This time, for me, has been an exception. I did not take up his offer of purchasing the guide, partly due to money, but also because I wanted my experience of this game to continue how it started: with surprise, excitement of not really knowing what I’m doing at first, and a freshness that comes with going into something cold. On this occasion I have not even done what I would usually do before purchasing a new game. This includes checking out reviews, or even the previews that appear before release; things I would recommend others do before giving money to certain developers.

Still, the confident sales assistant stood there quoting his sales line. Having done the same thing myself, I saw right through it. I felt I probably knew a lot more about this series than he did. But most of all, I thought of how I would be approaching it if I was in his position at that moment.

The reason I struggled with this side of selling is that I always felt it was surely so obvious to the customer that you were acting; it was your job to make this thing as attractive as possible, even if it was, frankly, not worth your money at all. Game employees are encouraged not so much to think about that, as the profit they themselves will be making. This is why they will always give priority to selling pre-owned titles as well – in that case, all the profit goes to them, and you save money. Everyone wins, apart from the publisher.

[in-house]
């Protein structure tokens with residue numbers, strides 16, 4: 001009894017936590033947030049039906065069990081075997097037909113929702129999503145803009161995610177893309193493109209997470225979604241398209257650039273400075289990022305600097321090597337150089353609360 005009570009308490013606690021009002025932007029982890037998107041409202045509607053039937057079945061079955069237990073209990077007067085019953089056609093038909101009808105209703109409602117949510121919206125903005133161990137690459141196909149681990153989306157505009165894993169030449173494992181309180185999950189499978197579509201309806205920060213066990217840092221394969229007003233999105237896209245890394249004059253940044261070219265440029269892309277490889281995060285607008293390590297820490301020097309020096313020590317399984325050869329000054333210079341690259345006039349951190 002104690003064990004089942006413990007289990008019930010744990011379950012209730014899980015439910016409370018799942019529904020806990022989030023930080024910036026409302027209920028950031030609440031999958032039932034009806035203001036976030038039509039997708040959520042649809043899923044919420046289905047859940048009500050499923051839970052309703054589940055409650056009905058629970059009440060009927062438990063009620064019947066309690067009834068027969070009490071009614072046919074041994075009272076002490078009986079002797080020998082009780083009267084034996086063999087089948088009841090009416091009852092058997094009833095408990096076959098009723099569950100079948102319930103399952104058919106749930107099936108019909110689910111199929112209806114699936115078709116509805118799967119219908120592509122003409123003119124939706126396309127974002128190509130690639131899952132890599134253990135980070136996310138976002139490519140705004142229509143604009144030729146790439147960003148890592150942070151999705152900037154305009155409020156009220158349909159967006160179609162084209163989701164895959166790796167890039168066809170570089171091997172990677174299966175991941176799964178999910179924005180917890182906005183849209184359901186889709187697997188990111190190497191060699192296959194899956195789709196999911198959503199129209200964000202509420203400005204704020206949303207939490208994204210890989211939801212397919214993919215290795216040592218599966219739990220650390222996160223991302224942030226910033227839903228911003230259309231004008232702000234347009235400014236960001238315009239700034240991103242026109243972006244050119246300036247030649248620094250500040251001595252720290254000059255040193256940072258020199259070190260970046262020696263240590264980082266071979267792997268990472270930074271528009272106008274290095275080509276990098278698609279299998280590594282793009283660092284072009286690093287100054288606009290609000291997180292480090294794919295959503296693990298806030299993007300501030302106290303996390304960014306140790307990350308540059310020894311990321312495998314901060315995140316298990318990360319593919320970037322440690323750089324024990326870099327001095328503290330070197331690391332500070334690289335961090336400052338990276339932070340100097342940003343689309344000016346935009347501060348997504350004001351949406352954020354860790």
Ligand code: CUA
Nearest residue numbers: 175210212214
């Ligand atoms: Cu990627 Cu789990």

So you can see why I have made a point of ethics here. Granted this is not just a retail problem, or a business problem. It’s a human problem.

I remember from my brief days as a door-to-door salesman (what, I didn’t mention I did that too?), being given a ‘script’, a certain few lines that you had to learn off by heart so you could be ready to spew it at the unsuspecting customer as soon as they opened the door to you. It was specially written to manipulate them into buying. To make them want to hear more at least. Every morning before going out we practised this script on each other. Needless to say, for me it felt totally unnatural, and I think for very righteous reasons.

It still surprises me how many people who are otherwise very ethical, will not see this sales technique in the same way that I do. They will make arguments about it being necessary, saying perhaps it is appropriate if you just conduct yourself in the right way and, most importantly, don’t lie. Sure you may not lie, but if instead you are stating an exaggerated truth in order to make something that your target may not otherwise be interested in sound subtly more attractive, is that any better? The serpent did not lie when he tempted Eve. He was the first sales person.

But I see I have started reaching beyond the scope of this article, and the focus of this week. We’re supposed to be talking about video games here, right? Yes… yes, of course we are.


One thought on “The Art of Retail.

  1. Interesting graeme, a nice bit on ethics there regarding the big bad TESCOS. More people should stop and think before they spend their pound !!!!!!!